I have the first surviving poult of the year. She (okay, I don’t really know if the little thing is male or female, but she feels female to me) is thriving and lively despite the strangeness of her first hours. Those hours are strange because (1) I have no idea what nest produced her and (2) I wasn’t the first farm denizen to find her. All of that makes her continued survival fairly miraculous, and maybe a good omen.
She appeared at about 5:30 PM yesterday evening. I was prepping the coop in my usual evening ritual–changing the waterers, filling the food bowls, tossing sunflower seeds to the sitting hens–when I looked over and saw a hen out in the pasture poking at something. It wasn’t a serious poke, the sort they use when they’re picking up food. It was more of a curious poke, as in “what are you?” Then, all of a sudden, the hen turned and walked away.
Moosie, who’d been watching along with me although from the vantage of the chicken coop, was over there in a flash. He picked up something from that clump of horehound. I caught a brief glimpse from where I stood. It looked a bit like a piece of bread, which it could have been right there. That’s the general area where I dump the contents of the veggie trash bins from my kitchen renters. They sometimes put stale bread in the pails.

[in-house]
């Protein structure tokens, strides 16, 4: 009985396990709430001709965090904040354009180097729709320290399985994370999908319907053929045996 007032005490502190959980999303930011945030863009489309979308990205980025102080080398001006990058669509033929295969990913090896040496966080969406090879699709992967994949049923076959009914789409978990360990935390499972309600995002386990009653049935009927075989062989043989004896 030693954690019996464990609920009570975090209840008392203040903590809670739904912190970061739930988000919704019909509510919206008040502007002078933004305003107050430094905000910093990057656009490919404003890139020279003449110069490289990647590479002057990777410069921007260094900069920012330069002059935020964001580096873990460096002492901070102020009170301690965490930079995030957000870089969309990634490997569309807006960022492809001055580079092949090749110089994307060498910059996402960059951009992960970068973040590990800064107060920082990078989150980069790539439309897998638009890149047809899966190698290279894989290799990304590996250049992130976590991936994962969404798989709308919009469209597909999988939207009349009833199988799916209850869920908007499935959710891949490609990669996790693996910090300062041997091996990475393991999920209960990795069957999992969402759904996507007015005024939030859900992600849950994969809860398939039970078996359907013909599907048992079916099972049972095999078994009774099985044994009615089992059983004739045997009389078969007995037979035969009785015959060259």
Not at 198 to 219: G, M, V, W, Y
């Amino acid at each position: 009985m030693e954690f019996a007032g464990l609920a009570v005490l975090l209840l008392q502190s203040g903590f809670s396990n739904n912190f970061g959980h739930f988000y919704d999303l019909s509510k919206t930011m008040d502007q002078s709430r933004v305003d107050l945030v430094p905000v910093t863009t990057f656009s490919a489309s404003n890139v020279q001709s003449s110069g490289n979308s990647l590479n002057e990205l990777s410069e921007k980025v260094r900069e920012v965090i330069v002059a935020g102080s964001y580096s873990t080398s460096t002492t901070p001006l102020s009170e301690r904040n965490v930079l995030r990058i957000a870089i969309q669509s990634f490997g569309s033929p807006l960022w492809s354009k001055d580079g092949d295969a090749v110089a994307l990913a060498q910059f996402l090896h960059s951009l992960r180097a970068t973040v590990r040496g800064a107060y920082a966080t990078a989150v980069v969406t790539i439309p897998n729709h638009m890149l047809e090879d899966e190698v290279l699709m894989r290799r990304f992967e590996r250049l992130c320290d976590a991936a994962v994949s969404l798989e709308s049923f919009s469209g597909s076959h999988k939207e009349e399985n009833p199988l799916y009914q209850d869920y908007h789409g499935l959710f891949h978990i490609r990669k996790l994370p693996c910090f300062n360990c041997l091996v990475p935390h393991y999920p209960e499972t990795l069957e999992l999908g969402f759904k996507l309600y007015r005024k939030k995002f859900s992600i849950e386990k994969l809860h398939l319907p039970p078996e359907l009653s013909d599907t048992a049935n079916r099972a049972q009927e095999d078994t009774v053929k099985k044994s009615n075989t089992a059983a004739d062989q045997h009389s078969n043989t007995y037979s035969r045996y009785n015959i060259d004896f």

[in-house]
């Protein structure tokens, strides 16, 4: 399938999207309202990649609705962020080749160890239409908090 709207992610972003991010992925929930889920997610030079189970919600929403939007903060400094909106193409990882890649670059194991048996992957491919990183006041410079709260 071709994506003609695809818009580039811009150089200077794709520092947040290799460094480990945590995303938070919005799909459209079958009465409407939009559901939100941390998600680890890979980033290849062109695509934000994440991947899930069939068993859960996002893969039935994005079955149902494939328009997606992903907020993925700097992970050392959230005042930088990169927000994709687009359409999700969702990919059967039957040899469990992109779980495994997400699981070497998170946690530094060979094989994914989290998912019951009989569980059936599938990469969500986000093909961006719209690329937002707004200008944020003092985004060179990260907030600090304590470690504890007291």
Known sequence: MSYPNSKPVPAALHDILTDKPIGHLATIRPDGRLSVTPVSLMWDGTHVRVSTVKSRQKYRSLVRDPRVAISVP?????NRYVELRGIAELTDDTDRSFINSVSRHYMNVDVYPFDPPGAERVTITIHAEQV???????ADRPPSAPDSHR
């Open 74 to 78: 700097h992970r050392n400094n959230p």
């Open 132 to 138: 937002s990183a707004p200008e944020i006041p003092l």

But there was something guilty about the little glance Moosie sent me as he started back toward the house. It set off my radar. “Moosie?” I called out.
Instantly, his shoulders dropped and his ears lowered. He slowed to almost creeping. The alarms were going off like crazy now, with plenty of flashing red lights to boot.
“Drop it!” I called, just in case.
Sure enough, he put his head down and gently spat out whatever it was he was carrying. Then he moved off by about a dozen yards and sat down, his whole body radiating guilt. He stared apologetically at me as I went to see what it was he’d dropped.
There she was, not a scratch on her, staring up at me as if to say, “What in the world just happened?”
I scooped up her and took her into the main turkey coop (the expensive side) and tucked her under the hen who’s presently sitting on some 40 eggs which should start opening tomorrow or the 28th. The hen welcomed the little one with that sweet peeping the mothers make, the one that sounds an awfully lot like the noises we human mothers make to our infants.
I returned this morning to find the baby chipper and interested in my finger. So, food and water has been left within reach. As of this picture-taking, mother and baby are doing very well. Now, to keep Moosie out of that coop!